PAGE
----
How to get into Triathlons
If you can run, swim and cycle, or at least want to be able to, then why not combine them all together? But first a word of caution: Whilst these disciplines are all relatively straight forward on their own, putting them together does add a new level of complexity, not just for the body, but also for the brain.
Triathlons can be daunting, but they can also be a lot of fun, as well being a great motivation to train, if you need it. So here is my quick guide to getting into triathlons and how to train for success.
- Read to Learn. Running on jelly legs, taking a wetsuit off on the hop and laying out your transition area all add a layer of complication not seen in other sports. The best way I get to the heart of it is to read, and the best book I found was ‘Triathlon for Beginners: Everything you need to know about training, nutrition, kit, motivation, racing, and much more’ by Dan Golding. Packed full of great tips, read this at the start of your training, but then again before your event.
- Read to Inspire. ‘Finding Ultra’ by Rich Roll and ‘A Life without Limits’ by Chrissie Wellington talk about inspirational people who are competing in triathlons at an unbelievable level. They are packed full of great tips to help too.
- Read Our Articles. ‘How to Get into Running’ and ‘How to Get into Cycling’ take you from being a novice to a beginner through training and nutrition, and offer some tips I’ve learnt along the way about equipment and sporting aids.
- Book an Event, and ideally more than one. Commit to doing at least one competitive event. Having that date in the diary will incentivise you to do the training. Perhaps start with a sprint triathlon, with maybe a pool based swim, which will tend to be at the start of the season. A duathlon (run, bike, run) is also a good way to get a feel for it, as it tends to be the swim that puts most people off.
- Invest in the Essentials. You don’t need to have a garage full of expensive tri kit, but you are going to need a few essentials. A bike, wetsuit (for open water swims) and a tri suit are the essentials, but you can make do with almost everything else. Borrow them if this is your first attempt at triathlon and you aren’t sure it’ll become a hobby. Ask friends, me included, if you want to give it a try. Look at www.SportPursuit.com for discounted items and try and buy at the end of the season for much better deals.
- Create a Training Plan. As a rule of thumb, ensure you undertake each activity at least once a week, but ideally plan that by distance or time rather than activities. E.G. 50 miles cycling, 12 miles running and 1-hour swimming.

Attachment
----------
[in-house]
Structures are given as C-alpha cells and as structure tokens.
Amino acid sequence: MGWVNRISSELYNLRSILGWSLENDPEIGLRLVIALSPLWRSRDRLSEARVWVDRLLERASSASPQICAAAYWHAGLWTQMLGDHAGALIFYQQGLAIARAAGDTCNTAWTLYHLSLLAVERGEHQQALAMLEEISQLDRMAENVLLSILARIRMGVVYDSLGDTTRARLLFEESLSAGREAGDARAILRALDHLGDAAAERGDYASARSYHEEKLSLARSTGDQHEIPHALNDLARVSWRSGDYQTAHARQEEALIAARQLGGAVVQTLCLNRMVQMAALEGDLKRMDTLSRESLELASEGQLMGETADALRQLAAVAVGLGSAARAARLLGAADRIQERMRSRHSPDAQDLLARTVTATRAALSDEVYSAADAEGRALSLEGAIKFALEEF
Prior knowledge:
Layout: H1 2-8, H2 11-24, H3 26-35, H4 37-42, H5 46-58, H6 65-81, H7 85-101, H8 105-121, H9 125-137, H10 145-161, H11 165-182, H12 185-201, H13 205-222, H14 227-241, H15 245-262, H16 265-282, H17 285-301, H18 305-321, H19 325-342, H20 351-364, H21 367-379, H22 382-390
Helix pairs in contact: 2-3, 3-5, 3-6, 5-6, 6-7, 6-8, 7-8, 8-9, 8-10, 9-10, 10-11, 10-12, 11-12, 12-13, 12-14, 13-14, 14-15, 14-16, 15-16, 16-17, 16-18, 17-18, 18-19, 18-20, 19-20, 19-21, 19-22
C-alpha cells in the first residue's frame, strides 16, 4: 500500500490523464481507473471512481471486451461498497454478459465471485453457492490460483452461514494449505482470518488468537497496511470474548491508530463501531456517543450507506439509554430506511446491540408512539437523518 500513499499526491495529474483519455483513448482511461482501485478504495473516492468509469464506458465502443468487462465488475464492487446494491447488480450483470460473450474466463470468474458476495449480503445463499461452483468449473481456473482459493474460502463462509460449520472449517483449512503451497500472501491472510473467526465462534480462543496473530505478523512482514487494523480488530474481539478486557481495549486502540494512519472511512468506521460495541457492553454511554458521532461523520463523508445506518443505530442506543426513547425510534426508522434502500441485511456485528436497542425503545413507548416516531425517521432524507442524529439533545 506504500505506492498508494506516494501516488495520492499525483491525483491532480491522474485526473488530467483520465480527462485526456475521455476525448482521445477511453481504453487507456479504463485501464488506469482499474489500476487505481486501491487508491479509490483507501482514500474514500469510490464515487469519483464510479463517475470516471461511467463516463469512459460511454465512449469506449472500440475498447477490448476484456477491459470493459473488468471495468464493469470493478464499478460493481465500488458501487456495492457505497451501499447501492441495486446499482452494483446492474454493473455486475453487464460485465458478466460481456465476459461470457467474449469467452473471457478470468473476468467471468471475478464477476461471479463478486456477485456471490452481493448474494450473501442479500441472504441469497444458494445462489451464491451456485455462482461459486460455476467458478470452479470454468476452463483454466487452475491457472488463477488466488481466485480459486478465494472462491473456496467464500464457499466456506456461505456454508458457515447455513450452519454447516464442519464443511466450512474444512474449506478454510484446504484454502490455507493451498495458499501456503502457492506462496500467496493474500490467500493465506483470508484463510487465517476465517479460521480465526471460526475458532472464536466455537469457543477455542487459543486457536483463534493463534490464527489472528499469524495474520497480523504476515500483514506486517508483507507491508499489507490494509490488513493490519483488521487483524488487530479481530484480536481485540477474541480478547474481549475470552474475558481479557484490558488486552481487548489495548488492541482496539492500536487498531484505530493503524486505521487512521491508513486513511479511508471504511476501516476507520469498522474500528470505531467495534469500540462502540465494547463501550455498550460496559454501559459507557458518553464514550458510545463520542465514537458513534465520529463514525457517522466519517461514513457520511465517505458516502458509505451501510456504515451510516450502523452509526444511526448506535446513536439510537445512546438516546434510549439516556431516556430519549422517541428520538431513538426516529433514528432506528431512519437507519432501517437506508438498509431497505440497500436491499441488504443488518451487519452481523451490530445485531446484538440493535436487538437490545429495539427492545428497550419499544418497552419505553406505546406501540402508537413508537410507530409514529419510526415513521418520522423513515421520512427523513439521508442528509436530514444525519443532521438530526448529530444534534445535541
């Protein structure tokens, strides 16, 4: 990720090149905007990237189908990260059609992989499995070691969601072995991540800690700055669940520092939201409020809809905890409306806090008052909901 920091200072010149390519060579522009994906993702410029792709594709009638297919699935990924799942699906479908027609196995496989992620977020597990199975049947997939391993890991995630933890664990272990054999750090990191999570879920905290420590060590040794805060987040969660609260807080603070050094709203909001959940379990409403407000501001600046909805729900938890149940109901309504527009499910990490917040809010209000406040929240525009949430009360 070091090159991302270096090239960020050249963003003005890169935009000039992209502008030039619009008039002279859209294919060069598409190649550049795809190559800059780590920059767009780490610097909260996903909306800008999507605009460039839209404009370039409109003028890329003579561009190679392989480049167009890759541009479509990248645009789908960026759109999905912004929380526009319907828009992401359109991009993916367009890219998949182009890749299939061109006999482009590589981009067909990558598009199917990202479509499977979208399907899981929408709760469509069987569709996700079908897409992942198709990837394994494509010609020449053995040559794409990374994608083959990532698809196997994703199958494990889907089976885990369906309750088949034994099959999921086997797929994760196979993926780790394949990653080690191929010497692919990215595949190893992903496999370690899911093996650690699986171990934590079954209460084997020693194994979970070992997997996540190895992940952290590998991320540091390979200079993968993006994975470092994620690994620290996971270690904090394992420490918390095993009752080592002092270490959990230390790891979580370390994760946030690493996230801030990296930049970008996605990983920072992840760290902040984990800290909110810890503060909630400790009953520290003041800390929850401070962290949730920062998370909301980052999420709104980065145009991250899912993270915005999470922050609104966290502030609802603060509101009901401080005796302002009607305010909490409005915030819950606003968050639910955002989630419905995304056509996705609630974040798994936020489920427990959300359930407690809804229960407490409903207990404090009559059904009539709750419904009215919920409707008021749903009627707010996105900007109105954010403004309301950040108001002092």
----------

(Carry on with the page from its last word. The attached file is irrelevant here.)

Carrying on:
- Measure Your Results, because what gets measured gets done! Keep track of your stats on a watch/device of some sort and feed it into Strava, so you can see the progress you are making and keep track of what you are doing. Connect to me on Strava so I can give you some accountability too!
- Go Slow. Don’t over train at the start, particularly with the running. Build up gradually. Only increase the total distance of your runs by 10% per week, otherwise you risk injury.
- Get Some Lessons in Your Weakest Area(s). Particularly swimming if this isn’t a strength, a couple of lessons can make a huge difference to your speed. Mary at http://inspire2tri.com/ does lessons at Manton in Rutland in all disciplines, and even does a training day for several people covering all 3 disciplines to kill all 3 birds with one stone, which is a cost effective option.
- Build Your Checklists for Before and at the Event. There is a ridiculous number of things to remember, so checklists will give you peace of mind that you are organised. I’ve shared mine with you so that you can turn these into your own.
- Gargle with TCP after open water swims to help avoid throat infections, which can be a common problem. Use ‘Bodyglide’ around your neck and wrists to avoid get a wetsuit rash and to help take it off in the transition.
- Practice Everything If It’s Unfamiliar to You. Getting on the bike from running, taking off the wetsuit quickly and laying out your transition area were all alien to me. I practiced until it became second nature, as this made the whole first day a lot less stressful.
- Do Some Brick Sessions. As well as training on the individual disciplines, do some Brick sessions, i.e. add a run to the end of your bike ride, include a short bike at the start of your run, or nip to the gym after your swim to get your body used to the combined activities.
- Just Get out There and Do It. But most importantly, enjoy it. Don’t worry about being perfect, every expert was once a novice, and you will learn the ropes as you go. Triathletes are a friendly bunch, who will give you tips as you go.